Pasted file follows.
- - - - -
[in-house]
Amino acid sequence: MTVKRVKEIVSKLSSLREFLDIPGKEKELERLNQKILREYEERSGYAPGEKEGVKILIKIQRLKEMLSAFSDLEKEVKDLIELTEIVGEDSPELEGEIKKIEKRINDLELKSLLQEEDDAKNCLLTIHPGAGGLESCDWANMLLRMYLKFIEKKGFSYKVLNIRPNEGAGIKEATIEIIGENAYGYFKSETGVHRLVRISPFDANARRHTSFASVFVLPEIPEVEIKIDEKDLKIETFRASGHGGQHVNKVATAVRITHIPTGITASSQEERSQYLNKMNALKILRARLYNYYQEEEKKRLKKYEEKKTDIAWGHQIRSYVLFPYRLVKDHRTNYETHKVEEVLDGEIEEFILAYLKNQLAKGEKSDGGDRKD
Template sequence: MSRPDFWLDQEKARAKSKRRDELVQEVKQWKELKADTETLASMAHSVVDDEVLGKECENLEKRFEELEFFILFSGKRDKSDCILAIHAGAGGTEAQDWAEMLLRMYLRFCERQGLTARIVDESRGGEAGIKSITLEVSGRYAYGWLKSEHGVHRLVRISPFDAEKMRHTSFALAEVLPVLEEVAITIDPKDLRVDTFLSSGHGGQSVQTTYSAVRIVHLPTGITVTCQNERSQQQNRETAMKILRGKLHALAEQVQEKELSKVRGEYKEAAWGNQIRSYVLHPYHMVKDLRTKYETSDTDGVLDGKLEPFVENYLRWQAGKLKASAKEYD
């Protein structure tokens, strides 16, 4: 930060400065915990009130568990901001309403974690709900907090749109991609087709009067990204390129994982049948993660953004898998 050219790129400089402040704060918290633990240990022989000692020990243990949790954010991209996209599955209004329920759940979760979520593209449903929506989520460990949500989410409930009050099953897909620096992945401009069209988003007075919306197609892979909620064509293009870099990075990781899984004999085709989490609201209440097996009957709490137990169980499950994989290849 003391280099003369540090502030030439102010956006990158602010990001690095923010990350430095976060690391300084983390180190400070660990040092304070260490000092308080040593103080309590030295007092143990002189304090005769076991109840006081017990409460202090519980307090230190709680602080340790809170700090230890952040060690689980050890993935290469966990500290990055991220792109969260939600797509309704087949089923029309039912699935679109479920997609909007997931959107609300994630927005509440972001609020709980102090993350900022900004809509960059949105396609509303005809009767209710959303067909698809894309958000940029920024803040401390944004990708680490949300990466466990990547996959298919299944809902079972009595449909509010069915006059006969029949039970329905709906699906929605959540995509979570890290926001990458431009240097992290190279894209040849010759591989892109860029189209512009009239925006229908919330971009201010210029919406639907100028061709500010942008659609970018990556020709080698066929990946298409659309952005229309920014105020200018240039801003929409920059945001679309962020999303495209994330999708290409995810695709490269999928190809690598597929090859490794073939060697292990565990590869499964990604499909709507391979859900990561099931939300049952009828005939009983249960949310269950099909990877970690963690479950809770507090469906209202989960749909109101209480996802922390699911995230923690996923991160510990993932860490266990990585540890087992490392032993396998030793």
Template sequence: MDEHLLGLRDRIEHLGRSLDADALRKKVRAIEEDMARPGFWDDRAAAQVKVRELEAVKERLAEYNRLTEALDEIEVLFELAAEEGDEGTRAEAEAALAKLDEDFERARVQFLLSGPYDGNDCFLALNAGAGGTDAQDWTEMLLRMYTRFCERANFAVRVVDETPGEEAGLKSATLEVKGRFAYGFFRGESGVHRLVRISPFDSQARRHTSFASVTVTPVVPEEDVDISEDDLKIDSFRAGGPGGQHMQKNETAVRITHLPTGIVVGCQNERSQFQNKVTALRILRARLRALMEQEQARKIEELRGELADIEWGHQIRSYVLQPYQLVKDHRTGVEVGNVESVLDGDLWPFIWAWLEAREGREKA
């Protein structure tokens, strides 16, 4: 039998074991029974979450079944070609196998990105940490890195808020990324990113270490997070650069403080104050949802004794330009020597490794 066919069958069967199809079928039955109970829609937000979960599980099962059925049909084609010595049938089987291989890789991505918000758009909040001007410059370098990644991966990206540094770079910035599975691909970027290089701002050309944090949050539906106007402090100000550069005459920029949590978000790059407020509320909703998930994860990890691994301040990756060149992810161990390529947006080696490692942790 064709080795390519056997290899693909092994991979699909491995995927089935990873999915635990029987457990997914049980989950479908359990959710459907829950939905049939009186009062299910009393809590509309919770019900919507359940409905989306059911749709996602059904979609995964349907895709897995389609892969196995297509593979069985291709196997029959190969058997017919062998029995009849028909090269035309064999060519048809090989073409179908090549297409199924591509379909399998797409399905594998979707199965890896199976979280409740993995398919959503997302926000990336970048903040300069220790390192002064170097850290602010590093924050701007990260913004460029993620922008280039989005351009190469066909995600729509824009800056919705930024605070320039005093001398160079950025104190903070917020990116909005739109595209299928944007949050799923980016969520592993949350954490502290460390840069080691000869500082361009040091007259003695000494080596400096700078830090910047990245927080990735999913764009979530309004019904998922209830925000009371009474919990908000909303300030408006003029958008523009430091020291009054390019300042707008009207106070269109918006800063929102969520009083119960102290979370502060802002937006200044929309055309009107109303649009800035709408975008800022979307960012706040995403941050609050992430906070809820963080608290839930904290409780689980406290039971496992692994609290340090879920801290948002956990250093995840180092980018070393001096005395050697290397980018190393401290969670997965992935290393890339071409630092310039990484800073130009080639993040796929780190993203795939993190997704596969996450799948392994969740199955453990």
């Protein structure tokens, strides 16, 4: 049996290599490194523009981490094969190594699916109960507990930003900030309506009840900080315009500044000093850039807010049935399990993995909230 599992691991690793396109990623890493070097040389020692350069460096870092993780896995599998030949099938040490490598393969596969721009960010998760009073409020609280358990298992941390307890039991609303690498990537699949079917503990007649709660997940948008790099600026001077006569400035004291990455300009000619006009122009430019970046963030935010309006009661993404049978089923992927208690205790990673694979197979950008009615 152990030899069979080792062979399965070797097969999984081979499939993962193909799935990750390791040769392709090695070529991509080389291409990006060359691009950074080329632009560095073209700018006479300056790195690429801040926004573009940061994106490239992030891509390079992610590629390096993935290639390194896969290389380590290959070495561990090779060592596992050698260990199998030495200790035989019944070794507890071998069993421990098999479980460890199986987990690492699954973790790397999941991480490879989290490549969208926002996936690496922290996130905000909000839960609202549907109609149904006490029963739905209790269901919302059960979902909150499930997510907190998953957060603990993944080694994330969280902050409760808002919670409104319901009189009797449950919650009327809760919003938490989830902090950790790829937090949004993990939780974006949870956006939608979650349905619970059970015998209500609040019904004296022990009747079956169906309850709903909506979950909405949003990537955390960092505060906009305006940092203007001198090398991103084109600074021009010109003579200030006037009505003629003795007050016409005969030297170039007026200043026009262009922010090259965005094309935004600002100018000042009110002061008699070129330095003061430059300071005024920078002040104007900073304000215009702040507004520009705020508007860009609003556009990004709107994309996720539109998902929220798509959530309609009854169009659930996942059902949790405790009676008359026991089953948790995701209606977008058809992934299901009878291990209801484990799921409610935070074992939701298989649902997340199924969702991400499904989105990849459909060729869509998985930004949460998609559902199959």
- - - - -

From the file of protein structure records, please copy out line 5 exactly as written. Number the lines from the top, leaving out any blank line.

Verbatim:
Template sequence: MDEHLLGLRDRIEHLGRSLDADALRKKVRAIEEDMARPGFWDDRAAAQVKVRELEAVKERLAEYNRLTEALDEIEVLFELAAEEGDEGTRAEAEAALAKLDEDFERARVQFLLSGPYDGNDCFLALNAGAGGTDAQDWTEMLLRMYTRFCERANFAVRVVDETPGEEAGLKSATLEVKGRFAYGFFRGESGVHRLVRISPFDSQARRHTSFASVTVTPVVPEEDVDISEDDLKIDSFRAGGPGGQHMQKNETAVRITHLPTGIVVGCQNERSQFQNKVTALRILRARLRALMEQEQARKIEELRGELADIEWGHQIRSYVLQPYQLVKDHRTGVEVGNVESVLDGDLWPFIWAWLEAREGREKA